Friday, October 17, 2014

Thoughts on Assessing Skin and Hair to Choose the Best Shaving Gear

In the time that I've been writing this blog and I've tried to question everything, test the common beliefs and mythologies of DE shaving. As a result, I've sleuthed out many of the objective characteristics of DE razors and blades. This has helped to suggest methods to better match gear to beards without resorting to blind trial and error right from the start.

In other words, it's much easier to get in the ball park with the right gear to get a better shave right off the bat, when you understand the design characteristics of razors and blades, and how they combine to shave skin and beards of different character.
Many think Jack Benny just liked this pose.
He was actually always trying to figure out
the character of his beard and skin! :-D

But this morning, I got to thinking about the very beginning of my DE shaving. Did I know that I had sensitive skin? Not really. Did I know that my beard was moderately tough? No, I thought it was tougher, actually. But for a person new to DE shaving, to get the gear well matched to one's hair and skin, one must not only understand the design characteristics of the gear and how that can affect a shave, one must also be able to accurately assess the character of one's own skin and hair.

I just started pondering this challenge this morning, so I don't claim to have all the answers. A few have occurred to me though. For example, it is fairly easy to assess one's skin topography and tightness.

As to topography, if the contours of your shaving area are rather smooth and convex like a beach ball, you are likely to be more comfortable with sharper blades and razors with larger blade exposure. This is because it will be easier to find and maintain the ideal razor angle while shaving over such a uniformly-contoured surface.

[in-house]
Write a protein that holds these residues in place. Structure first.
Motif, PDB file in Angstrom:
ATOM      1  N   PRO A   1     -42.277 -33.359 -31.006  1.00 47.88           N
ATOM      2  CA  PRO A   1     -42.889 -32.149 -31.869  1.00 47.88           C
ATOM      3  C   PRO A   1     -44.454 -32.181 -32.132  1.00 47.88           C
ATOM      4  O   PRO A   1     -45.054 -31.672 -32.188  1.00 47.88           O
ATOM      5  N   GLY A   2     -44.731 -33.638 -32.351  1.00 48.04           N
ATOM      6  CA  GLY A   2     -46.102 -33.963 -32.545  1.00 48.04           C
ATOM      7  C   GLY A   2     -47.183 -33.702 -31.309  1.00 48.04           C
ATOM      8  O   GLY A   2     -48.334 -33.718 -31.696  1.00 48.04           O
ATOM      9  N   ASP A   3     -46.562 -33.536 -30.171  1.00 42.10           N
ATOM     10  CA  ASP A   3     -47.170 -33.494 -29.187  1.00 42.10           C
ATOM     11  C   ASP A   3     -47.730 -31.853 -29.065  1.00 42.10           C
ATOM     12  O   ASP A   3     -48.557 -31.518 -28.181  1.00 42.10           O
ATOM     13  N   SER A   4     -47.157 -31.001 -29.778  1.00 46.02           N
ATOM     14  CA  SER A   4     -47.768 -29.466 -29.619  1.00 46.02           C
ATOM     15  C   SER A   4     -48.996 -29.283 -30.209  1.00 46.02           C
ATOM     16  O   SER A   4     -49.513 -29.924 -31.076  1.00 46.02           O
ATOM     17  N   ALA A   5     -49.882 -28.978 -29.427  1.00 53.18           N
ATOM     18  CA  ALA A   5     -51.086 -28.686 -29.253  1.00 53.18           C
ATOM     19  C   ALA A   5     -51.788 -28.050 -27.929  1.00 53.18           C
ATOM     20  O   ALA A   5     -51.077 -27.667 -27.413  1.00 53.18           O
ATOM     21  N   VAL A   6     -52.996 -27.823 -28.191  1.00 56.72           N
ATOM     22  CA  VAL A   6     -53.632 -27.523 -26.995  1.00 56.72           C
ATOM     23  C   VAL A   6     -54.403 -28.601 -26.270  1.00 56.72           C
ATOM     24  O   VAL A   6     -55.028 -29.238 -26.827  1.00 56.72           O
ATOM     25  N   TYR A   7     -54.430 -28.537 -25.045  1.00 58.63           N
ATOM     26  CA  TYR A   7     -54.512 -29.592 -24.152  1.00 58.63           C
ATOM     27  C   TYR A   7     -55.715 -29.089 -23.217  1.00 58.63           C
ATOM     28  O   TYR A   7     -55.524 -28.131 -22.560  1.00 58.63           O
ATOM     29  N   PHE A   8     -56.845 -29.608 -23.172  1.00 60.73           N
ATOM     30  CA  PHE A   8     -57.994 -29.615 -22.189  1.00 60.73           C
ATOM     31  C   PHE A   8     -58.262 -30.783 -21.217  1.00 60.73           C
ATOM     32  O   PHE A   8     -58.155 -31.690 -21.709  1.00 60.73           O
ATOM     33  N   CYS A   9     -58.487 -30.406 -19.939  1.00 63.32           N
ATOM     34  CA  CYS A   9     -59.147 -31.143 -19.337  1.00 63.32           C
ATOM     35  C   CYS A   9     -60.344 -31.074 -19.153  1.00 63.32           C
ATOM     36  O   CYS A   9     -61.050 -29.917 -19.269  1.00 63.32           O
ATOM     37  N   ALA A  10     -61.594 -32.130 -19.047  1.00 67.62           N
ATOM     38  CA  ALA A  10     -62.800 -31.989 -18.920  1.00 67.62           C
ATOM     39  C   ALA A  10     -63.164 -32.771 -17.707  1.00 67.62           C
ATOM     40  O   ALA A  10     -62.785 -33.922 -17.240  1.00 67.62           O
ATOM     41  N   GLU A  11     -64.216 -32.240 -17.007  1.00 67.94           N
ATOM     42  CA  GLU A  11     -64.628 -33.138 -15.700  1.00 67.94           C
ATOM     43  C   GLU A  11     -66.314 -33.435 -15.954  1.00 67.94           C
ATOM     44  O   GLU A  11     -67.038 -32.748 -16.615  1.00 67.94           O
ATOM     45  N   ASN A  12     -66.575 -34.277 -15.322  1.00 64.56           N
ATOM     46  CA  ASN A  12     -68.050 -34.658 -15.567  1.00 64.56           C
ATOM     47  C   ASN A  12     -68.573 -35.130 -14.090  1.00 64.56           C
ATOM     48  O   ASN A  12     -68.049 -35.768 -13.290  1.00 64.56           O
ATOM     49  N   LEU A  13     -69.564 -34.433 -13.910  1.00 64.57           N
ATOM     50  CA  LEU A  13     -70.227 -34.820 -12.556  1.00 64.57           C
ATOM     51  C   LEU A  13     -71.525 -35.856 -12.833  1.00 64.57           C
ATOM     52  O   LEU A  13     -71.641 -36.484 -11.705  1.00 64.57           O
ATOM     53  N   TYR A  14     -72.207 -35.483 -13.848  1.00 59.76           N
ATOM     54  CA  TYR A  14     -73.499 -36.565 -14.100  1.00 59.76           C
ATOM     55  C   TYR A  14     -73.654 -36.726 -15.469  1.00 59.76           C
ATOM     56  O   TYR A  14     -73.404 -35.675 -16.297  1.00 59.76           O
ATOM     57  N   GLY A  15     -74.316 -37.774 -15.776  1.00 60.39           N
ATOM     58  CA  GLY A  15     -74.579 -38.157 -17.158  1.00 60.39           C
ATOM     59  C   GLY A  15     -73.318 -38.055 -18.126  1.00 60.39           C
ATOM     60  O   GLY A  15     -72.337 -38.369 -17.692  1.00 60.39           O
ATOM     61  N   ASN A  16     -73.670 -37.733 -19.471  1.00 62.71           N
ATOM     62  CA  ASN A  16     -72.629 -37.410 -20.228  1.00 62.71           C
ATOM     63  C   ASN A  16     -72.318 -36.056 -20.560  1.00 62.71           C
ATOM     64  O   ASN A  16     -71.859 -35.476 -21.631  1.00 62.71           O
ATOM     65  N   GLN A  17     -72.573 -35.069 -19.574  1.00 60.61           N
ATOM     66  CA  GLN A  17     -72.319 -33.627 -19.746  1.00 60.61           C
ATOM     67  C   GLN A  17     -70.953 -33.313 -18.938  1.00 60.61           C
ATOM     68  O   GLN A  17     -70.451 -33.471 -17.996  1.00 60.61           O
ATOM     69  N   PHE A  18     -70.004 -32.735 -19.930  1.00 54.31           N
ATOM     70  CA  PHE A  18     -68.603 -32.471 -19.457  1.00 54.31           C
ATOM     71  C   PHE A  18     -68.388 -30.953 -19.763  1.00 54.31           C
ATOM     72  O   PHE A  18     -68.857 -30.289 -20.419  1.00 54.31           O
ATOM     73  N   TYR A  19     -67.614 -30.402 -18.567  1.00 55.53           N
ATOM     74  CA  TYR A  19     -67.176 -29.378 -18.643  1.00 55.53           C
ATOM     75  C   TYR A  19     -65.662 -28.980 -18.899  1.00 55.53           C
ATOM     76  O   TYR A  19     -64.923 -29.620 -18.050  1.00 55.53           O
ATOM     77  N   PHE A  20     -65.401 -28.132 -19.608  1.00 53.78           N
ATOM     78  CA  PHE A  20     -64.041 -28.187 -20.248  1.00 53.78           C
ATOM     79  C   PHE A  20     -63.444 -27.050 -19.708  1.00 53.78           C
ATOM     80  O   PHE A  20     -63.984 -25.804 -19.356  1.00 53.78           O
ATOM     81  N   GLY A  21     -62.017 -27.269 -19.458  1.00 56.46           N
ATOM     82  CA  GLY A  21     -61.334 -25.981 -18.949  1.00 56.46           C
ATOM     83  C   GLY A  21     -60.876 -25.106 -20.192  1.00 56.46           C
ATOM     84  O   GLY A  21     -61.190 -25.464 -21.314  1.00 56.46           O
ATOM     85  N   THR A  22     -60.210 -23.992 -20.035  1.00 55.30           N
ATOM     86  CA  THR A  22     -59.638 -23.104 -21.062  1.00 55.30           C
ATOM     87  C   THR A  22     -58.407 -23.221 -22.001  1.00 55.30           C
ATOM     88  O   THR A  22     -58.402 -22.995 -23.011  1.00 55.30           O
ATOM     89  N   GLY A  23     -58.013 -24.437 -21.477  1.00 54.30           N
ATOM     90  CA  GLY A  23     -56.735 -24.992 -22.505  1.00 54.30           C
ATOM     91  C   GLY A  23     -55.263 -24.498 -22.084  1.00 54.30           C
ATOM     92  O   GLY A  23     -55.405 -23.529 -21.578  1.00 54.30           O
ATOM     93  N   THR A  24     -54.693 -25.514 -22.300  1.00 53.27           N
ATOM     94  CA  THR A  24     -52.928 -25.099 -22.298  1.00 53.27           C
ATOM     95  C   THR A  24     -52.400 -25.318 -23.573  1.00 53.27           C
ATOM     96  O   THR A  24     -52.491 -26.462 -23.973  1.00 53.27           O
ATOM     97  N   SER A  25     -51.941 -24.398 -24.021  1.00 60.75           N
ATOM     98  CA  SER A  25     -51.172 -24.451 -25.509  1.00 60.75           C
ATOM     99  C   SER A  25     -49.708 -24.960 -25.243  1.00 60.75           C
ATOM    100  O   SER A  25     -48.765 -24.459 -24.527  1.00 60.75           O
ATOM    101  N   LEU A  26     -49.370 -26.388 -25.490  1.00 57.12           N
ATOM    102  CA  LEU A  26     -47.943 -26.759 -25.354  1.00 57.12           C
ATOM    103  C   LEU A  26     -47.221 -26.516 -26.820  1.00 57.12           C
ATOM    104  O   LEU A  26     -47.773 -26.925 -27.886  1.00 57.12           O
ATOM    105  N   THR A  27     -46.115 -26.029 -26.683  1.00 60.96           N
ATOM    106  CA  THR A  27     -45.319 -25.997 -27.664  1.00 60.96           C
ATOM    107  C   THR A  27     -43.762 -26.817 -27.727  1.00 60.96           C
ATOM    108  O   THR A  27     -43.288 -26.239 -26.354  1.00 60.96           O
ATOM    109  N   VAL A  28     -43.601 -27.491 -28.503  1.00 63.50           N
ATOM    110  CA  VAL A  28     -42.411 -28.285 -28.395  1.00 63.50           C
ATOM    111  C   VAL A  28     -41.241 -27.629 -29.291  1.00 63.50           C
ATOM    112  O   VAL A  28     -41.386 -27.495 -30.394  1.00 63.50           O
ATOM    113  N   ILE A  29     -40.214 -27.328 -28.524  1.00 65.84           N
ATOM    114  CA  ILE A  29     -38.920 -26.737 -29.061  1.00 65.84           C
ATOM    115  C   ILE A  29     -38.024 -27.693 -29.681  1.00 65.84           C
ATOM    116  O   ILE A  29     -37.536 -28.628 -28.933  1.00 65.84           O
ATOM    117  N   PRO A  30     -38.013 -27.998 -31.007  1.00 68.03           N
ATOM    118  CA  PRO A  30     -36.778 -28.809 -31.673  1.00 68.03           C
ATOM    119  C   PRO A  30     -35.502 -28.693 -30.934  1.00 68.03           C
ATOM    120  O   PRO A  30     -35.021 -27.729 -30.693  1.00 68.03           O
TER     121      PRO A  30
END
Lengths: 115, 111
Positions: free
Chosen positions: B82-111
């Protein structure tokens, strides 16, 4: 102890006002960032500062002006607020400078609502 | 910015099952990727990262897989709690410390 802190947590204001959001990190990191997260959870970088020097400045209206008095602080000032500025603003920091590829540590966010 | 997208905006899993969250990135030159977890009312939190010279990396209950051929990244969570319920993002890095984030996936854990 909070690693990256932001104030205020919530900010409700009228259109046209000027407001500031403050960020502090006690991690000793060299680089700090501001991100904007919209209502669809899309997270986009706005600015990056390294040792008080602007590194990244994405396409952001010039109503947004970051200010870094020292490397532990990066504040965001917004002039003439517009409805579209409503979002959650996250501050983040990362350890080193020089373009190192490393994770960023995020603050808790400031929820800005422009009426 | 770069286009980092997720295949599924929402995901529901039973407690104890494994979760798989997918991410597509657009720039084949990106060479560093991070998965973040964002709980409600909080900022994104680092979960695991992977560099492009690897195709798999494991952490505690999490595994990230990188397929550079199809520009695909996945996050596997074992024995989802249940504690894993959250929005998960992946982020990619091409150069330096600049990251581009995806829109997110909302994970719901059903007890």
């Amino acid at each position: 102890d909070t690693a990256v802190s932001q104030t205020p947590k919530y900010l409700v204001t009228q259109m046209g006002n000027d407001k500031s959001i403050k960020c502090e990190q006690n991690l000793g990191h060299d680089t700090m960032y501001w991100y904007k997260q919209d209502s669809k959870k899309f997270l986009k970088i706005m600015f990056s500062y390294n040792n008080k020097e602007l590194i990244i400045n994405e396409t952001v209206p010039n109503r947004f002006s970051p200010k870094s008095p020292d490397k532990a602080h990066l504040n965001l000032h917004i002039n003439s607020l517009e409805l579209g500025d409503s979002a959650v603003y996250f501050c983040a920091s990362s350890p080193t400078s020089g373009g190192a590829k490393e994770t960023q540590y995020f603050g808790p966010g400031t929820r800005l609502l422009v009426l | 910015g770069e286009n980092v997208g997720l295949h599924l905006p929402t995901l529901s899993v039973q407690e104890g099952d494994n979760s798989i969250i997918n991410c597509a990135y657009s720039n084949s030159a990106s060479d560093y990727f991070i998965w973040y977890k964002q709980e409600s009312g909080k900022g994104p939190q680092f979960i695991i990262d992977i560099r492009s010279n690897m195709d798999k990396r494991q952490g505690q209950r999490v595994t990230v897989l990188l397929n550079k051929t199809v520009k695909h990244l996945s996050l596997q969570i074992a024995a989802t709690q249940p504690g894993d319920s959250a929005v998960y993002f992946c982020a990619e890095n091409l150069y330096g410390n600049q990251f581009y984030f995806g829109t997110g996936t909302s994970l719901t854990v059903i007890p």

Similarly, if your skin is taught and firm like a Thanksgiving turkey breast, not only sharper blades and larger blade exposure may be well tolerated, but also larger blade-bar gaps as well. For those with loose, thin skin, these razors with large blade exposure and blade-bar gaps are opportunities for thin, loose skin or uneven contours to get in front of the blade leaving weepers, nicks, and cuts in its wake.

Judging beard thickness and hair toughness is another matter. I suppose one might evaluate one's five-o'clock shadow. The darker and more coarse it is would likely indicate that a more sharp blade would be needed.

Even more uncertain on initial evaluation is the sensitivity of one's skin -- that is, how susceptible to irritation it is from drawing sharpened steel over it.

This morning, without the benefit of sufficient coffee, I would initially say the solution is to start with a razor to match contour and tightness of one's skin, which are the characteristics that may be easiest to reliably assess objectively -- but also make one's razor choice taking into account one's shaving frequency. Choosing a blade may be trickier to get right on first attempt.

If your beard is clearly heavy and thick, sharper blades are likely to be needed. But you may not know if you need a very smooth, coated blade, or if you can tolerate sharp, bare steel. So you may want to start with a sharp, coated blade for the first month or more, and then consider if you might tolerate an uncoated blade, and whether you need to go sharper or less so. Polsilver Iridium or blades of that character -- perhaps some other blades of Russian manufacture -- spring to mind as a starting point.

If your beard might be more moderate or even lighter, probably a coated blade of lower sharpness should be the starting point. This is a range of blades that I haven't probed much, so I don't have a lot of suggestions beyond Derby Extra blades.

What are your thoughts on this matter of skin-and-beard assessment for newer DE shavers, and blades that might be a good match?

Happy shaving!

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